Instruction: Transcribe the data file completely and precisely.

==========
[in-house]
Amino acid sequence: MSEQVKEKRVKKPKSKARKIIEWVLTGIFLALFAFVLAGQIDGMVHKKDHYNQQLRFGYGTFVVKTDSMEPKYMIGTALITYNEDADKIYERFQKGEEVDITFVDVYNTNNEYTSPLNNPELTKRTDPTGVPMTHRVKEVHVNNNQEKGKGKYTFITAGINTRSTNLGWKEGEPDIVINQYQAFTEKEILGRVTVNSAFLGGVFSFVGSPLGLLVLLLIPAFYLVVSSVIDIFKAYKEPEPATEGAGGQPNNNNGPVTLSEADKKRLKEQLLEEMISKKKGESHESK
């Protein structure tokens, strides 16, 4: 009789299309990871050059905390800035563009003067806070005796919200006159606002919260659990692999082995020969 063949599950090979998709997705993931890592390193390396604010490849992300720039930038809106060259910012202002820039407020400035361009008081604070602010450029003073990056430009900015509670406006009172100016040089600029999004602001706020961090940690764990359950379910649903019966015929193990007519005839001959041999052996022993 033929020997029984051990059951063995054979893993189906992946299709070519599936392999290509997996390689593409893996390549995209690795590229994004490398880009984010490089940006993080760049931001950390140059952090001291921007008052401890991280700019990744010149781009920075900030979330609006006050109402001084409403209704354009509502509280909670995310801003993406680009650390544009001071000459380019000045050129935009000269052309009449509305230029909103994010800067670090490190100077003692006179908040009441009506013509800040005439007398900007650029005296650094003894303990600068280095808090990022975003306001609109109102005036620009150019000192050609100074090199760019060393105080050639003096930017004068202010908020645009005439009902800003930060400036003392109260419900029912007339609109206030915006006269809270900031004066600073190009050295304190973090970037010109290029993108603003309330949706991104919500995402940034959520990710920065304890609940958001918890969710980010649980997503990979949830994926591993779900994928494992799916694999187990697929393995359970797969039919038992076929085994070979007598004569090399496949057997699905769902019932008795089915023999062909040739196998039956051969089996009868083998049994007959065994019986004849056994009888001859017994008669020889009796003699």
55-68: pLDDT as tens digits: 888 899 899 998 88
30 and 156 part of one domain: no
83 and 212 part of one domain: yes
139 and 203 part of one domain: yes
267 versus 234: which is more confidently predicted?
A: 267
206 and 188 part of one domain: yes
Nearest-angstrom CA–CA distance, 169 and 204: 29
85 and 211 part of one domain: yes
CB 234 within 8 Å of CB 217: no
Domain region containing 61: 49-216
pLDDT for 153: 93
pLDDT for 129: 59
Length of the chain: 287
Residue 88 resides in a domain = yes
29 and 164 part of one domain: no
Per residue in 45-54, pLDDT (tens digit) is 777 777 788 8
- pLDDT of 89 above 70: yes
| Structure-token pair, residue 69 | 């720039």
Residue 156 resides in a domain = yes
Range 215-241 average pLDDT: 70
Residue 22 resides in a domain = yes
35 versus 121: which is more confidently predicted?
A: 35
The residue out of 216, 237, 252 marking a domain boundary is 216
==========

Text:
[in-house]
Amino acid sequence: MSEQVKEKRVKKPKSKARKIIEWVLTGIFLALFAFVLAGQIDGMVHKKDHYNQQLRFGYGTFVVKTDSMEPKYMIGTALITYNEDADKIYERFQKGEEVDITFVDVYNTNNEYTSPLNNPELTKRTDPTGVPMTHRVKEVHVNNNQEKGKGKYTFITAGINTRSTNLGWKEGEPDIVINQYQAFTEKEILGRVTVNSAFLGGVFSFVGSPLGLLVLLLIPAFYLVVSSVIDIFKAYKEPEPATEGAGGQPNNNNGPVTLSEADKKRLKEQLLEEMISKKKGESHESK
């Protein structure tokens, strides 16, 4: 009789299309990871050059905390800035563009003067806070005796919200006159606002919260659990692999082995020969 063949599950090979998709997705993931890592390193390396604010490849992300720039930038809106060259910012202002820039407020400035361009008081604070602010450029003073990056430009900015509670406006009172100016040089600029999004602001706020961090940690764990359950379910649903019966015929193990007519005839001959041999052996022993 033929020997029984051990059951063995054979893993189906992946299709070519599936392999290509997996390689593409893996390549995209690795590229994004490398880009984010490089940006993080760049931001950390140059952090001291921007008052401890991280700019990744010149781009920075900030979330609006006050109402001084409403209704354009509502509280909670995310801003993406680009650390544009001071000459380019000045050129935009000269052309009449509305230029909103994010800067670090490190100077003692006179908040009441009506013509800040005439007398900007650029005296650094003894303990600068280095808090990022975003306001609109109102005036620009150019000192050609100074090199760019060393105080050639003096930017004068202010908020645009005439009902800003930060400036003392109260419900029912007339609109206030915006006269809270900031004066600073190009050295304190973090970037010109290029993108603003309330949706991104919500995402940034959520990710920065304890609940958001918890969710980010649980997503990979949830994926591993779900994928494992799916694999187990697929393995359970797969039919038992076929085994070979007598004569090399496949057997699905769902019932008795089915023999062909040739196998039956051969089996009868083998049994007959065994019986004849056994009888001859017994008669020889009796003699």
55-68: pLDDT as tens digits: 888 899 899 998 88
30 and 156 part of one domain: no
83 and 212 part of one domain: yes
139 and 203 part of one domain: yes
267 versus 234: which is more confidently predicted?
A: 267
206 and 188 part of one domain: yes
Nearest-angstrom CA–CA distance, 169 and 204: 29
85 and 211 part of one domain: yes
CB 234 within 8 Å of CB 217: no
Domain region containing 61: 49-216
pLDDT for 153: 93
pLDDT for 129: 59
Length of the chain: 287
Residue 88 resides in a domain = yes
29 and 164 part of one domain: no
Per residue in 45-54, pLDDT (tens digit) is 777 777 788 8
- pLDDT of 89 above 70: yes
| Structure-token pair, residue 69 | 């720039």
Residue 156 resides in a domain = yes
Range 215-241 average pLDDT: 70
Residue 22 resides in a domain = yes
35 versus 121: which is more confidently predicted?
A: 35
The residue out of 216, 237, 252 marking a domain boundary is 216